Costs & Cossacks — If you’re not tired of reading about the Waco biker shootout, this one’s for you. The Houston Press has dropped its own contribution to the “what really happened” collection with a detailed story of the shootout that left nine dead. What separates the Press‘s story from others, however, is its focus on the Cossacks, the other biker club at Twin Peaks that’s received far less attention than the Bandidos. Most interestingly, the story focuses on Mingus, the small town where the Cossacks established their base. “Choosing Mingus as a home base halfway between Dallas-Fort Worth and Abilene, the Cossacks earned the gratitude of locals when they rolled in on the weekends and spent money at their bars, restaurants and stores,” writes Julie Lyons. “In the early days, the Cossacks would pitch tents in a field and hold weekend gatherings. They later shifted to a club called City Limits … [and] in recent years, Cossacks leaders purchased a large plot of land on Parsons Road behind Mingus, where they put up a few shelters and staged weekend ‘blowouts’ a few times a year, attracting as many as 300 people.” The Press‘s story works harder than most at providing a rounded look at the Cossacks without devolving into hand-wringing, and it’s definitely worth a read for those interested in the clubs. In related news, the city of Waco has applied for a federal grant to help with the costs incurred while investigating the shootout. “The city is seeking a $248,841 Justice Assistance Grant from the U.S. Department of Justice. The bulk of the requested funding, more than $240,000, would go to the Waco Police Department for overtime and equipment,” according to the Waco Tribune-Herald. In addition, “McLennan County officials have announced plans to seek a separate grant of about $250,000 from the state of Texas to defray the cost of housing and feeding the 177 people arrested the day of the deadly shootout, along with overtime for deputies.”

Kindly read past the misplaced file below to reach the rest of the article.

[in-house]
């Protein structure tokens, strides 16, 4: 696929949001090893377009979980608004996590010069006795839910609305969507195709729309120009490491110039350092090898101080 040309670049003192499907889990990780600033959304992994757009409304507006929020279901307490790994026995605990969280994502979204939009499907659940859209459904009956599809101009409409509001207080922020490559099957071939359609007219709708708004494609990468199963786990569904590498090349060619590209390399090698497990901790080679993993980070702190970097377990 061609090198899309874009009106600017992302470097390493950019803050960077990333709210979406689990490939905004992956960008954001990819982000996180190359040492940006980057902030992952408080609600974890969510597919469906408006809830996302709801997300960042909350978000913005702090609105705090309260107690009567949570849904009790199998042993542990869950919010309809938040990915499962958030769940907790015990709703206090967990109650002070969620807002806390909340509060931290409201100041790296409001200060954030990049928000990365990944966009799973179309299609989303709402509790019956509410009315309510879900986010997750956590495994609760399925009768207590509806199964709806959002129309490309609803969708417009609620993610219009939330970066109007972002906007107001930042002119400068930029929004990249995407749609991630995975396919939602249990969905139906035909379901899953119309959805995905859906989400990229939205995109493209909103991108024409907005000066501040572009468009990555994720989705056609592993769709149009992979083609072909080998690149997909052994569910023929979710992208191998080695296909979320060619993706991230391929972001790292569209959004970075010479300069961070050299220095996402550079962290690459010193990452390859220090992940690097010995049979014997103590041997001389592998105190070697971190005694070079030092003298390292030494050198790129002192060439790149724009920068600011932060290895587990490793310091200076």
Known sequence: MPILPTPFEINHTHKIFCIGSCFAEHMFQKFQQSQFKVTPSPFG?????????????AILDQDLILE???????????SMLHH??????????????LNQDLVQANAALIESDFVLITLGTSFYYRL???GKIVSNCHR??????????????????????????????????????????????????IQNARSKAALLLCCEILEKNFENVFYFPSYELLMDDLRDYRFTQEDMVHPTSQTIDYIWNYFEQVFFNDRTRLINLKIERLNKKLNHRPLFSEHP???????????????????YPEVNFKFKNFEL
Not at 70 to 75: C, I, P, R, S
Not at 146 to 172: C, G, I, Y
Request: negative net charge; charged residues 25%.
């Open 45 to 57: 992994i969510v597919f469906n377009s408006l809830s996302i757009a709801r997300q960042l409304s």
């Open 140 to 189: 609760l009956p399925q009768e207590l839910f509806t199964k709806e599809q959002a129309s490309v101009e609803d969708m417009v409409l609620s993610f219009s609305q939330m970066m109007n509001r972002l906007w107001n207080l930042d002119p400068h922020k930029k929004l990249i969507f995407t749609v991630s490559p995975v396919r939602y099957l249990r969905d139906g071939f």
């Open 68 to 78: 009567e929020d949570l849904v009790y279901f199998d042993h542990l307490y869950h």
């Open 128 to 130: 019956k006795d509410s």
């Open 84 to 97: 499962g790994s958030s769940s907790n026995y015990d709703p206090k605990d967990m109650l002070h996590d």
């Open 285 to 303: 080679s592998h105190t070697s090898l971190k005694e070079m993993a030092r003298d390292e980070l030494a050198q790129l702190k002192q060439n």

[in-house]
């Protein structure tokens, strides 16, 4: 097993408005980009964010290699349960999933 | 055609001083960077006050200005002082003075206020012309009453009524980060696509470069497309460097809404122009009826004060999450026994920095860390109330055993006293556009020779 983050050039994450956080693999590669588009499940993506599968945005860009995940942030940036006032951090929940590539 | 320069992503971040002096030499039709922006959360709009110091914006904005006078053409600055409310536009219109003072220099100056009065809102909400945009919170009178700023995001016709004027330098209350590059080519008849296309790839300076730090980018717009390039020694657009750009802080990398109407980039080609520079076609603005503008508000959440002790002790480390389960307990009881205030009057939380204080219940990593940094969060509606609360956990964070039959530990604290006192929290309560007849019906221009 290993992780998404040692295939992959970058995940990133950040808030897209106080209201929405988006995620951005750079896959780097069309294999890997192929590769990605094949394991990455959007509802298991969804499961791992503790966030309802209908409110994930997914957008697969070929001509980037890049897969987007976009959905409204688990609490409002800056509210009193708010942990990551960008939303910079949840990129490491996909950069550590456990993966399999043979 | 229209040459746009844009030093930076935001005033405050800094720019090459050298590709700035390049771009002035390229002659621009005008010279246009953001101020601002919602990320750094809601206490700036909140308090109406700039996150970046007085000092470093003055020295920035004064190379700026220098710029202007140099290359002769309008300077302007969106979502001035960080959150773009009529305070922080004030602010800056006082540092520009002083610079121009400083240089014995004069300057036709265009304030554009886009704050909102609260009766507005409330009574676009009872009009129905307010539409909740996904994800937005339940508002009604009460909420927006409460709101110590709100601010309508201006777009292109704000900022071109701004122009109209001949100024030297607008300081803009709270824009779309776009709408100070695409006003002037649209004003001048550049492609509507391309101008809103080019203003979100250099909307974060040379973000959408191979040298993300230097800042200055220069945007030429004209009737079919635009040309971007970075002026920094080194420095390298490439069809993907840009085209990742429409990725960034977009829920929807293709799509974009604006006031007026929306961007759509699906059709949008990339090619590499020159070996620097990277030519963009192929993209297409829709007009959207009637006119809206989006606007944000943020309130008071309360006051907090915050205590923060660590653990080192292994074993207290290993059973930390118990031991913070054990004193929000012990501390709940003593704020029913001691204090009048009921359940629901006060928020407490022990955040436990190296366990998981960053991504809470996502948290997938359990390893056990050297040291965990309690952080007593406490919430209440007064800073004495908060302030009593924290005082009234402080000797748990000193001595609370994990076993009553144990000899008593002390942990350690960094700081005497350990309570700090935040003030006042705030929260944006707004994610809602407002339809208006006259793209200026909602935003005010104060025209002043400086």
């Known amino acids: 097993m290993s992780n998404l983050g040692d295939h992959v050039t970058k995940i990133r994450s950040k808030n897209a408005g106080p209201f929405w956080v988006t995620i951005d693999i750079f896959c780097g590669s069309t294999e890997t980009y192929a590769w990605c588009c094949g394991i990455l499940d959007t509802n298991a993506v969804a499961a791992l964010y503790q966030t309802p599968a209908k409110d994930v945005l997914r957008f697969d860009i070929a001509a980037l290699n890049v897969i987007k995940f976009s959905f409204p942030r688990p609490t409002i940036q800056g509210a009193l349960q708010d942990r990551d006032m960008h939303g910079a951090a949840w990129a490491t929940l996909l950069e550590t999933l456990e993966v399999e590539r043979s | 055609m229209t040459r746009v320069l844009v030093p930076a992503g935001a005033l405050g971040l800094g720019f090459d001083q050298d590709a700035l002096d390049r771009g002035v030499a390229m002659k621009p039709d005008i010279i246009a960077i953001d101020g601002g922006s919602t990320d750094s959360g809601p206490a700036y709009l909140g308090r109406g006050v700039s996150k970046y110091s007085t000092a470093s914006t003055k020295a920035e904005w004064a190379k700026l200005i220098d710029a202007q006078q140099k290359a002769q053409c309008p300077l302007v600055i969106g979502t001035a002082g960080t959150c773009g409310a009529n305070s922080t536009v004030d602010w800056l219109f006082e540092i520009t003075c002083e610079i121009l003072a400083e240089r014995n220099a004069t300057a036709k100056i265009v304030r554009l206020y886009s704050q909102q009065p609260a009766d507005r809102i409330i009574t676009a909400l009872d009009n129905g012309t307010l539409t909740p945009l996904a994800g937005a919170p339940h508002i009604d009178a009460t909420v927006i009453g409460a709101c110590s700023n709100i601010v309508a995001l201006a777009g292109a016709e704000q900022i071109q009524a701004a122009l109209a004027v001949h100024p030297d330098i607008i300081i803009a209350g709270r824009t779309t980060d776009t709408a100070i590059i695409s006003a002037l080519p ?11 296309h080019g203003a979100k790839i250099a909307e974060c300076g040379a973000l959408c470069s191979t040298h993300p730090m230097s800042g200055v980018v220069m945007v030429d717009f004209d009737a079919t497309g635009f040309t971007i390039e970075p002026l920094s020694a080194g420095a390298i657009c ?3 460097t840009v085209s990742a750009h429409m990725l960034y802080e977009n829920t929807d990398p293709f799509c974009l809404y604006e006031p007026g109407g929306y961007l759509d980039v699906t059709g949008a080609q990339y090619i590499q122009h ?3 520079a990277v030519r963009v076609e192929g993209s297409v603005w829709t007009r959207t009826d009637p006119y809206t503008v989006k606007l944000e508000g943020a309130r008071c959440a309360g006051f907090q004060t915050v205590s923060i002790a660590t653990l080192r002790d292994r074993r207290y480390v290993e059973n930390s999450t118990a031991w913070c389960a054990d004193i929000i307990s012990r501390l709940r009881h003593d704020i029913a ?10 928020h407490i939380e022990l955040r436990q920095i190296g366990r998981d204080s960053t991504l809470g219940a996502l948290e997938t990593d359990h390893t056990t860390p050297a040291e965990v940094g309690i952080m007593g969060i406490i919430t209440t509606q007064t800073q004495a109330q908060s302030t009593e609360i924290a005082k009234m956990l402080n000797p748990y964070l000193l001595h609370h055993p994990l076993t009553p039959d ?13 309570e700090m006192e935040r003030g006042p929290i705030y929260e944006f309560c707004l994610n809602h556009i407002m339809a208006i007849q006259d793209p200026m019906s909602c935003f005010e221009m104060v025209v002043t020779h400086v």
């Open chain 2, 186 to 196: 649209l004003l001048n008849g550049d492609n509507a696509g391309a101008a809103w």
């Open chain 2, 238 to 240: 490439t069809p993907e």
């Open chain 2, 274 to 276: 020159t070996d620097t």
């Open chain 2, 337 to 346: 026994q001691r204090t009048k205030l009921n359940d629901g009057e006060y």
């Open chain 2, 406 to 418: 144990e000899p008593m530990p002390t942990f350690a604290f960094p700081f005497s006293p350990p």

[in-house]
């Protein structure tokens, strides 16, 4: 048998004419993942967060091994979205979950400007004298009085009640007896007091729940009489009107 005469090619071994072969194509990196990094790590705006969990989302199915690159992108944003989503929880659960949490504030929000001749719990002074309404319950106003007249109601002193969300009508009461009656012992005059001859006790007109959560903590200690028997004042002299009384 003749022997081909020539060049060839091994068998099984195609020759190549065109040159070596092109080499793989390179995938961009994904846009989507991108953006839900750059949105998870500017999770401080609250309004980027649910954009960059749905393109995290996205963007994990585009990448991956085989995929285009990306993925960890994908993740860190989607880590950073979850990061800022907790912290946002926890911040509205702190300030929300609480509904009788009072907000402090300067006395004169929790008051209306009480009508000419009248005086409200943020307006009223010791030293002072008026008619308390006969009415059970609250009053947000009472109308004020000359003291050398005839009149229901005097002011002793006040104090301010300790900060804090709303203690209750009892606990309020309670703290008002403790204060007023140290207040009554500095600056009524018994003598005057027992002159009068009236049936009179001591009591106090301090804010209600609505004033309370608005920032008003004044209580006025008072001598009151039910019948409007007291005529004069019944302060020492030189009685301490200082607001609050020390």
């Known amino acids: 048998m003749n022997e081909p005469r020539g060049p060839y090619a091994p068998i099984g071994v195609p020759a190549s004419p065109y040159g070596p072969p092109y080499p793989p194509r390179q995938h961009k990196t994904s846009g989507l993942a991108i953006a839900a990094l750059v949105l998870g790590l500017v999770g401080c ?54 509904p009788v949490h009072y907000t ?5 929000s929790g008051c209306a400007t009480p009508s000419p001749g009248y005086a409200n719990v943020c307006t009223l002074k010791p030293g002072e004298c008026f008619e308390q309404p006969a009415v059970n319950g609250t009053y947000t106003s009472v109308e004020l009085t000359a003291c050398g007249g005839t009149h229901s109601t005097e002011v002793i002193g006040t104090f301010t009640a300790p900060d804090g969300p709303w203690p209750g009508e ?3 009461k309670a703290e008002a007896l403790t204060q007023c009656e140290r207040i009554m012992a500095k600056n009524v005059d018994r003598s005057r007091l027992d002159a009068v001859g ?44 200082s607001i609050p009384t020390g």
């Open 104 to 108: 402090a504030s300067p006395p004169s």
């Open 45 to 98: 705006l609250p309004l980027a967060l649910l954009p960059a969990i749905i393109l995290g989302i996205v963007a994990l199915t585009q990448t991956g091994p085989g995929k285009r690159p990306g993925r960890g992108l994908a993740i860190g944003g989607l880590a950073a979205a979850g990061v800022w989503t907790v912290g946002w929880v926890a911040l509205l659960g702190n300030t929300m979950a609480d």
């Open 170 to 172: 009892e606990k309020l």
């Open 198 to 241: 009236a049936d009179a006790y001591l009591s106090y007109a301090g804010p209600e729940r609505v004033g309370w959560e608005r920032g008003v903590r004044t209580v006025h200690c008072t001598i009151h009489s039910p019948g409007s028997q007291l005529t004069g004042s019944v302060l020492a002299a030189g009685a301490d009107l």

Bigger Bend — A good, ol’ fashioned land trade is set to give Big Bend State Park and the public even more pristine land. The park is aiming to trade 607 acres with a private ranch in exchange for 1,185 acres. Since its creation in 1988, the 310,000-acre park has added land in a piecemeal fashion. “The deal ‘simplifies knowing where the property line is, which is better for TPWD and our neighbor — the existing boundary wanders around,'” said a spokesman for the agency, according to the Austin American-Statesman. The spokesman said “the new land would be similar to what the state was giving up — lots of rolling terrain,” as well as an “important water feature.” As the story notes, Parks and Wildlife is doing things a bit differently than the last time it tried to acquire a large swath of land back in 2005, namely aiming for public transparency. “With little public notice, Parks and Wildlife officials had hammered out a deal involving 46,000 acres of parkland, valued at roughly $45 an acre.” After some public outcry, the department halted the deal, although some good did come out of it. “After the kerfuffle, Parks and Wildlife commissioners approved a new policy governing major land transactions, with the goal of keeping the public abreast of the department’s plans to sell, buy or trade property.” This time, there’s been an advertised public hearing and officials say “they had received no advance negative response from the public.”

Clickity Bits

Unrest and No Peace: Another Funeral Home Disaster

Another Wrench in the Legal Battle Surrounding Ken Paxton

The First Texas Execution of the New Year

The List of Private Colleges Opting Out of “Campus Carry” Grows

Looks Like Clinton Is Finally Looking to Make Her Impact in Texas

The Man Who Inspired Bowie’s “Ziggy Stardust”

Crashing Oil Prices Hit Former Texas Boomtowns